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Suicide of 12-year-old boy followed bullying

New York Daily News New York Daily News 5/04/2016 TOBIAS SALINGER
Evan Ziemniak © Facebook Evan Ziemniak

Warning: This article deals with suicide and may be distressing for some readers. Readers who may need help are urged to call Lifeline on 0800 543 354 or (09) 522 2999.

The suicide of a bullied 12-year-old Pittsburgh-area boy “was his response to stop the pain,” his grandmother said Tuesday.

Evan Ziemniak hanged himself March 23 and staff at St. Clair Hospital pronounced him dead at 6:41 p.m., according to the Allegheny County, Pa., Medical Examiners Office.

The sixth-grader’s tragic death happened after his classmates at West Allegheny Middle School subjected him to months of pushing, shoving and stabbing with their pencils aboard the school’s bus, one of his grandparents told the Pittsburgh Post-Gazette.

“I will tell you that this story will eventually become bigger than just West Allegheny School District,” the boy’s father, Matt Ziemniak told the newspaper in an email. “The implications are more far-reaching and the issues that need to be discussed and addressed are not unique to our school district. Dana and I are prepared to do what is necessary to make sure other parents do not have to face the worst tragedy a parent could ever face.”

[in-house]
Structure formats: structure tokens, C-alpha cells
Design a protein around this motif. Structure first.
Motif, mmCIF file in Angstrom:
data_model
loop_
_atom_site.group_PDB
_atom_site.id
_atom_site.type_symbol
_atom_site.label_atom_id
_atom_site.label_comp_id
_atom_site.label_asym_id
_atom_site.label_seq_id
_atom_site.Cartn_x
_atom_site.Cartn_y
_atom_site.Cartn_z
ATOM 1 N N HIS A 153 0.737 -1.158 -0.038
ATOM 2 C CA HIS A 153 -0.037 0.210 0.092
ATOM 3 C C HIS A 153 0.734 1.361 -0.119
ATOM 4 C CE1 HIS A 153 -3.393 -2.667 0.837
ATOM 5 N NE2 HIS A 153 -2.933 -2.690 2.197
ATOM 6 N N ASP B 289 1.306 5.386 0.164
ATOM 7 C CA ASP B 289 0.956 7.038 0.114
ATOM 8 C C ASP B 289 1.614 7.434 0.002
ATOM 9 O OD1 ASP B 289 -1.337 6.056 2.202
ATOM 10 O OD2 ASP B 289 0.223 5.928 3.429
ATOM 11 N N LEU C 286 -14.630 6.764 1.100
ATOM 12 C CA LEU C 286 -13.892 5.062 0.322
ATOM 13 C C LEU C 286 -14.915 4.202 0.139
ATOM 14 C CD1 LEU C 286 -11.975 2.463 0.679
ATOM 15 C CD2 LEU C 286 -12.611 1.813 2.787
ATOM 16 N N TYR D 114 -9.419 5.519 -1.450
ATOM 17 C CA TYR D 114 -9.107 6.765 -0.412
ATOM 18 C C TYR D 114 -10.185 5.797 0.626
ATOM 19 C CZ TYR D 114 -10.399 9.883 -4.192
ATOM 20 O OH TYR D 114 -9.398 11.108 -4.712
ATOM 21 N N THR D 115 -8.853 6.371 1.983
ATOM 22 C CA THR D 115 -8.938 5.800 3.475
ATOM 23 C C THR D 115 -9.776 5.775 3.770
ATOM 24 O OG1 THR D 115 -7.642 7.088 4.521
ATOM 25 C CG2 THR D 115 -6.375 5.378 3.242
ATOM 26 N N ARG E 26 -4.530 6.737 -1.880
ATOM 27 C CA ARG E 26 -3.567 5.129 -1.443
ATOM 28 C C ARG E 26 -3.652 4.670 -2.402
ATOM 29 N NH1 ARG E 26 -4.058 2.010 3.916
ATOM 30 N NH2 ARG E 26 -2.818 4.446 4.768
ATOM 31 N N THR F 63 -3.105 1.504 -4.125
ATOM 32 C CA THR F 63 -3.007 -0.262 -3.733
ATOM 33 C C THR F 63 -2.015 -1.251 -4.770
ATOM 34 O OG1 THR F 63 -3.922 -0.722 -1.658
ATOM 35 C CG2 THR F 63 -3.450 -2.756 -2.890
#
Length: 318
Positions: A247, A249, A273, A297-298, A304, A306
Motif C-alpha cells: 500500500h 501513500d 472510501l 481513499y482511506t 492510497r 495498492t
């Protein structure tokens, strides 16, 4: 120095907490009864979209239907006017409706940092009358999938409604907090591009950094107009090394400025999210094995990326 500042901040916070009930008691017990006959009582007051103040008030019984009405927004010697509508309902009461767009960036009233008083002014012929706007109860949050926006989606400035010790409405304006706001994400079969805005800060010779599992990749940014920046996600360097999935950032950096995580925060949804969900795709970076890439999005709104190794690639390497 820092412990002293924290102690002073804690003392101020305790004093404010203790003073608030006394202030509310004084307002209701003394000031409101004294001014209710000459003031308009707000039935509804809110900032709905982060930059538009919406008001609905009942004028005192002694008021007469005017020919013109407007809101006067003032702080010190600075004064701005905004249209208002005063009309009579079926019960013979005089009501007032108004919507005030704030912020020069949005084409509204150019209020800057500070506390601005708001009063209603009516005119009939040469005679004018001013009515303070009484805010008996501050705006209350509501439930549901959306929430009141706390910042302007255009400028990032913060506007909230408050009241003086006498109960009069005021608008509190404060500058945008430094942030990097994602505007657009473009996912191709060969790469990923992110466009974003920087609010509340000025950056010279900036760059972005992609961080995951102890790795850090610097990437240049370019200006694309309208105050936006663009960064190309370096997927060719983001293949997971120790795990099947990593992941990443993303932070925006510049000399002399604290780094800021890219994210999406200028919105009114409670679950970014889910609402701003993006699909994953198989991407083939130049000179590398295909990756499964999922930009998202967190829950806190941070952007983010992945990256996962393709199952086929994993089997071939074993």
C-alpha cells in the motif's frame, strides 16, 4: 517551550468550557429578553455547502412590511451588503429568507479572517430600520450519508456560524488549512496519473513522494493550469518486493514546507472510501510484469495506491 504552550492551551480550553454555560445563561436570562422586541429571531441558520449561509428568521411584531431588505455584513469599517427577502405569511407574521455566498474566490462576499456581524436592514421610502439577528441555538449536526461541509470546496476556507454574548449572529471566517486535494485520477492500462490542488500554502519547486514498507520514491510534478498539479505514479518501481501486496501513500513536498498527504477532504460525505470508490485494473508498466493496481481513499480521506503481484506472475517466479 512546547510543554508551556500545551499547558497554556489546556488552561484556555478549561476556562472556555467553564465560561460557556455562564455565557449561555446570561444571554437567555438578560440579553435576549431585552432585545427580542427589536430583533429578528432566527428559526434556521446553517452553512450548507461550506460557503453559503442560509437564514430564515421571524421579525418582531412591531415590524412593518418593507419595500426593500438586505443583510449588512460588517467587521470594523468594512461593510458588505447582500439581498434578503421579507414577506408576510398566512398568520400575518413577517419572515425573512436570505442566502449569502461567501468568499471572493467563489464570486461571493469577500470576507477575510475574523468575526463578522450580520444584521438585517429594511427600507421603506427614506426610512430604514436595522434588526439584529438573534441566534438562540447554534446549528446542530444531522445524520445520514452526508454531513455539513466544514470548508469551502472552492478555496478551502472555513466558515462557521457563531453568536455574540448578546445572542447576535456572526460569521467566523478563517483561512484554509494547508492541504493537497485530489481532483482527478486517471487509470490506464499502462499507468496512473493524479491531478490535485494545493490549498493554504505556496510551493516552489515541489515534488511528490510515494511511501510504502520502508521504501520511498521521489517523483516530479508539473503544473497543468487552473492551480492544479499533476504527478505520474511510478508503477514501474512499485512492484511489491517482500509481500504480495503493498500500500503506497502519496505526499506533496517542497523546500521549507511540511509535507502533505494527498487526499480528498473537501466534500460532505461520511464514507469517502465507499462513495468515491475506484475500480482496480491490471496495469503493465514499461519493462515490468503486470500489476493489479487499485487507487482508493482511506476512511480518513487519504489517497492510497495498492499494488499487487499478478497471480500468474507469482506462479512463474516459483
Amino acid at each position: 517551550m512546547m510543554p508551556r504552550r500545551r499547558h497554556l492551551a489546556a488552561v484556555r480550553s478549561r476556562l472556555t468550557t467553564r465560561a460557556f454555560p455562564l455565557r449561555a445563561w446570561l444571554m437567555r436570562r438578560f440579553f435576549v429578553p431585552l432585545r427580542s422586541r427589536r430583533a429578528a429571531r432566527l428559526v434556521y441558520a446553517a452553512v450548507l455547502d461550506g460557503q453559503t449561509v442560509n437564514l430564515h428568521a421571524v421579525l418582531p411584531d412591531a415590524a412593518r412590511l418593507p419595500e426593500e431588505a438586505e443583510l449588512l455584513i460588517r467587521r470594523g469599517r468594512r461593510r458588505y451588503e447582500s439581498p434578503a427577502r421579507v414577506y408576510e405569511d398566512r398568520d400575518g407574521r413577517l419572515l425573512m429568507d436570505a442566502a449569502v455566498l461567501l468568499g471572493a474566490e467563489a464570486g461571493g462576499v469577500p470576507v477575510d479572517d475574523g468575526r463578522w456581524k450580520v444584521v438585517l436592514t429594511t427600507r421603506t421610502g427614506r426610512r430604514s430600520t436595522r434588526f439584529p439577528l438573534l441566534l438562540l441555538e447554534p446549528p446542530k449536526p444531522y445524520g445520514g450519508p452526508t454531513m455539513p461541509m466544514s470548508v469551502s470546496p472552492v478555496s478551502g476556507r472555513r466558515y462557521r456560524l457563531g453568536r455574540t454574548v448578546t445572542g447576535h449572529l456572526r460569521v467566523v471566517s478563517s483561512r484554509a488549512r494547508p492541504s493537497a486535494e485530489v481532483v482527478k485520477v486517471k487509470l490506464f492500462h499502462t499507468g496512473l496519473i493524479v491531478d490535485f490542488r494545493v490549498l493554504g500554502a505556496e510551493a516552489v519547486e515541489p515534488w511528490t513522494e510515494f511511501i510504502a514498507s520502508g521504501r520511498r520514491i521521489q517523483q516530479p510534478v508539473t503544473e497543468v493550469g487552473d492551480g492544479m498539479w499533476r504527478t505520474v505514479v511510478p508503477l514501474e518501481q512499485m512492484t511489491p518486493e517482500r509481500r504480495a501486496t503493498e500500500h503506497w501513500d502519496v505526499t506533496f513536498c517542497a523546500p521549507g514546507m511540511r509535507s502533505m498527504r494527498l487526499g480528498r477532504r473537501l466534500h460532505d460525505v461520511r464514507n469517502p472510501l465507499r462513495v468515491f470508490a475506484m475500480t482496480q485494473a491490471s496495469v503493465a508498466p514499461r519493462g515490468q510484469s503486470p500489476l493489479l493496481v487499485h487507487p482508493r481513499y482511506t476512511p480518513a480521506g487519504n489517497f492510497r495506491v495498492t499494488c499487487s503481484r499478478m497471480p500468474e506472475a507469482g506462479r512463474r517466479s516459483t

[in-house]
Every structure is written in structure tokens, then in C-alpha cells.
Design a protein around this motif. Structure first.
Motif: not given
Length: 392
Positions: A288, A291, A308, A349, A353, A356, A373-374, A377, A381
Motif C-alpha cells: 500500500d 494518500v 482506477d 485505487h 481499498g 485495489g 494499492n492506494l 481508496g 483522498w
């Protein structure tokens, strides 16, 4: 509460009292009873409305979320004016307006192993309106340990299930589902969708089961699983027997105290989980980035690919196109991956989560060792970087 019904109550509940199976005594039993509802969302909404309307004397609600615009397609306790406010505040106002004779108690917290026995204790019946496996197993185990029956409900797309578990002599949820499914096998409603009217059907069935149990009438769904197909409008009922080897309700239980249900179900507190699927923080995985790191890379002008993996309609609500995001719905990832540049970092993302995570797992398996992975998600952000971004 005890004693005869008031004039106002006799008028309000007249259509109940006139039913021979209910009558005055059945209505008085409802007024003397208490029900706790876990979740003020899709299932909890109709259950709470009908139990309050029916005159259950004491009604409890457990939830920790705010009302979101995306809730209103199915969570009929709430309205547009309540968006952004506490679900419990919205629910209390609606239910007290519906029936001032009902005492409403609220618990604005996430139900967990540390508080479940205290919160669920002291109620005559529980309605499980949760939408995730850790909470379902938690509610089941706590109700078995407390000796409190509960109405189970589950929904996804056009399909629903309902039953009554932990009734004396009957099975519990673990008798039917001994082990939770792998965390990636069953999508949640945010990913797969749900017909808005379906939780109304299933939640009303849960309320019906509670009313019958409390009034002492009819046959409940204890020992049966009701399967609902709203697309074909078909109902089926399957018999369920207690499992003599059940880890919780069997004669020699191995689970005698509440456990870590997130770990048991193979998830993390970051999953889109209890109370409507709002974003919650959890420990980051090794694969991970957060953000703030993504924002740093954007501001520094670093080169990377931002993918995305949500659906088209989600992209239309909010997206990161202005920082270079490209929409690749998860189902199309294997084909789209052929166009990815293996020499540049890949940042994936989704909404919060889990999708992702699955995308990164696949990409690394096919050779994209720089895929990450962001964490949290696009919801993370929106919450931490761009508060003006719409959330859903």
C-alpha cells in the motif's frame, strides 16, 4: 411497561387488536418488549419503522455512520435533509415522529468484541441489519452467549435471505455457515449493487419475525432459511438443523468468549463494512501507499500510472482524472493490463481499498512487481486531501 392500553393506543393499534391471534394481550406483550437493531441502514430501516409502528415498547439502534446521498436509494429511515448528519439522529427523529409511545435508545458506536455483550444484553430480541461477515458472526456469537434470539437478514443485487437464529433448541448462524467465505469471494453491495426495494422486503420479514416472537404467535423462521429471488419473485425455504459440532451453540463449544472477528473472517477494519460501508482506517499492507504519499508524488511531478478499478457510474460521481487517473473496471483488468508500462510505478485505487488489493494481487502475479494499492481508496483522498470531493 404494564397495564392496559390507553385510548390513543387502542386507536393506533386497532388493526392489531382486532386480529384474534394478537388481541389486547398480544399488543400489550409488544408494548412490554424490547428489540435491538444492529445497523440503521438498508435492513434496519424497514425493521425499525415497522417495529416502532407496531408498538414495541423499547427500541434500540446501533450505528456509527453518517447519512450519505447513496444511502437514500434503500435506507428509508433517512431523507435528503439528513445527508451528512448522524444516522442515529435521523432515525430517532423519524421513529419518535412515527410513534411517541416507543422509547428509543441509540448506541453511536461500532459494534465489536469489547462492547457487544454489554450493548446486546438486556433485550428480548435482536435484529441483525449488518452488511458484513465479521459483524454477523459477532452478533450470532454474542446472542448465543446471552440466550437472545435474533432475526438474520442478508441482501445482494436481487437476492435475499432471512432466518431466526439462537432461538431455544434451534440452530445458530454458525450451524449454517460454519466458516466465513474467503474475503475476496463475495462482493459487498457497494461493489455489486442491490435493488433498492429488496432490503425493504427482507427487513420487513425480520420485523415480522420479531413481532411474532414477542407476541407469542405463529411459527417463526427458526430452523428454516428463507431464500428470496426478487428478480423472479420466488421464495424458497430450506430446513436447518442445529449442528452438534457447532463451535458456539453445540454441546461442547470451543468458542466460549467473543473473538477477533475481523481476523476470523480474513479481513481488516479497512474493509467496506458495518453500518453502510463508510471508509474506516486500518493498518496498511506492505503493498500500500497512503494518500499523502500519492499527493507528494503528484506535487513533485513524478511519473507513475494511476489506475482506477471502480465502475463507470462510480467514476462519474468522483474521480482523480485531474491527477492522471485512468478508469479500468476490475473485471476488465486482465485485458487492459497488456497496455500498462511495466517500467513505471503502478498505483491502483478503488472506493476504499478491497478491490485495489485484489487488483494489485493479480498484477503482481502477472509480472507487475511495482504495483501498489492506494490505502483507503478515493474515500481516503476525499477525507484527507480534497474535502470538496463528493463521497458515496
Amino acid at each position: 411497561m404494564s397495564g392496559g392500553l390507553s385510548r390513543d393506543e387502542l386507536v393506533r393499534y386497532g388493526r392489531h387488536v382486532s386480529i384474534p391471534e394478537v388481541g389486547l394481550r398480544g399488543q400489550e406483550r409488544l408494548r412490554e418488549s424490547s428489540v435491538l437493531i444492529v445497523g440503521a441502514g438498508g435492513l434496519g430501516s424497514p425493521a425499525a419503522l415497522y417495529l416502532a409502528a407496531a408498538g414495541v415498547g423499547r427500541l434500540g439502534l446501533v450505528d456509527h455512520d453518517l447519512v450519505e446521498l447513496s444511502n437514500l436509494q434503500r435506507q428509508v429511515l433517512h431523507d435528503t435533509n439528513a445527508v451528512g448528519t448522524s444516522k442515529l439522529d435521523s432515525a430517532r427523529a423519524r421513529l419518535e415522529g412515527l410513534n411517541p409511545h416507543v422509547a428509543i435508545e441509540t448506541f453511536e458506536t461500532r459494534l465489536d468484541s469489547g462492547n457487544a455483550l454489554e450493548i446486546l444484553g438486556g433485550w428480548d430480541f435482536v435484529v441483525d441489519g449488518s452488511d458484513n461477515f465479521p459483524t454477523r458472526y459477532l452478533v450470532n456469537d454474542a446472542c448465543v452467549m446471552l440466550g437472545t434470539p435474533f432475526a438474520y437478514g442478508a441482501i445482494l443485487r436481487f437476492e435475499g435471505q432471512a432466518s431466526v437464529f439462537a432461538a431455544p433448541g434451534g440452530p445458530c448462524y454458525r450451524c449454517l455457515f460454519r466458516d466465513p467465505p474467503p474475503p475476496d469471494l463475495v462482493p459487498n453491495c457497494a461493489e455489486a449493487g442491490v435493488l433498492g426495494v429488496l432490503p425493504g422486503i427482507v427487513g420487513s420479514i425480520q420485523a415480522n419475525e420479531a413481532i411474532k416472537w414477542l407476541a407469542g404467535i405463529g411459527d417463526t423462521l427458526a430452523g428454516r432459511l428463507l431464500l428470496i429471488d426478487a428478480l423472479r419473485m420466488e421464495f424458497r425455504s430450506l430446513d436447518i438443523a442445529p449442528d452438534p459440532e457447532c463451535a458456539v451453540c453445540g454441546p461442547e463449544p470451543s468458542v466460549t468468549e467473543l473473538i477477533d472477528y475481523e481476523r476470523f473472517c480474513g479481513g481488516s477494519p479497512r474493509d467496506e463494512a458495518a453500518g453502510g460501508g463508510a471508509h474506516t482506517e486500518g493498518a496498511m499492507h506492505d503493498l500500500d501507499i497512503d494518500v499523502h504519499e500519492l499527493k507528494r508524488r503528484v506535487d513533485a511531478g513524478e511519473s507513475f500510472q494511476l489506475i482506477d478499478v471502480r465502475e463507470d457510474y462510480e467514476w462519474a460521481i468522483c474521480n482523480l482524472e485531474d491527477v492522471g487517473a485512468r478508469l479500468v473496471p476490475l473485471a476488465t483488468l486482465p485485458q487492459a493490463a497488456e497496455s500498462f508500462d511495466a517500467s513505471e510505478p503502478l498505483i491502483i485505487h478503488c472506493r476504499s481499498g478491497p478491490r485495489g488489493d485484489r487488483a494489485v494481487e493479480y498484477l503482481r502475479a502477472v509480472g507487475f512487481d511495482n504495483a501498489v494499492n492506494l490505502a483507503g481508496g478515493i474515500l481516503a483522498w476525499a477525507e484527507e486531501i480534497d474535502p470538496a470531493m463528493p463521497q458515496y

Evan’s parents had alerted school officials several times about bullying by other middle schoolers both at school and on the bus. The district started its “safe and supportive school program” in early March in an overhaul of its anti-bullying efforts.

A representative for the district didn’t immediately respond to requests for comment Monday afternoon. The district provided the Post-Gazette with a statement about Evan’s passing, noting officials have arranged for crisis intervention counseling.

“The West Allegheny School Board, superintendent, administration and staff are deeply saddened by the news, and we extend our heartfelt condolences and sympathy to the family,” school district officials said. “They are in our hearts, thoughts and prayers.”

Hundreds of people from suburban Findlay, North Fayette and Oakdale attended a prayer walk at the school in Evan’s honor March 26. His funeral March 30 in Oakdale drew students, faculty and several officers from the North Fayette Township Police Department.

The boy loved his pet cats and rabbits, collected coins and old video game consoles and enjoyed learning about the Civil War. His suicide “was his response to stop the pain,” his grandmother Diana Ziemniak told the Post-Gazette.

The boy’s family and friends are “ultimately shocked and saddened beyond comprehension,” she said. “This was a kid who had so much to offer. He was beyond his years, an old soul. His curiosity went so far beyond the norm.”

Tributes to Evan on the website of the Thomas-Little Funeral Service described a boy beloved by his teachers and others who knew him well.

“I work at the school and I always will remember Evan's face light up when he would talk about old electronics and history,” one person wrote. “He was so passionate about older things and I loved that about him. He has now earned wings and happy looking at all the historical things heaven has to offer.”

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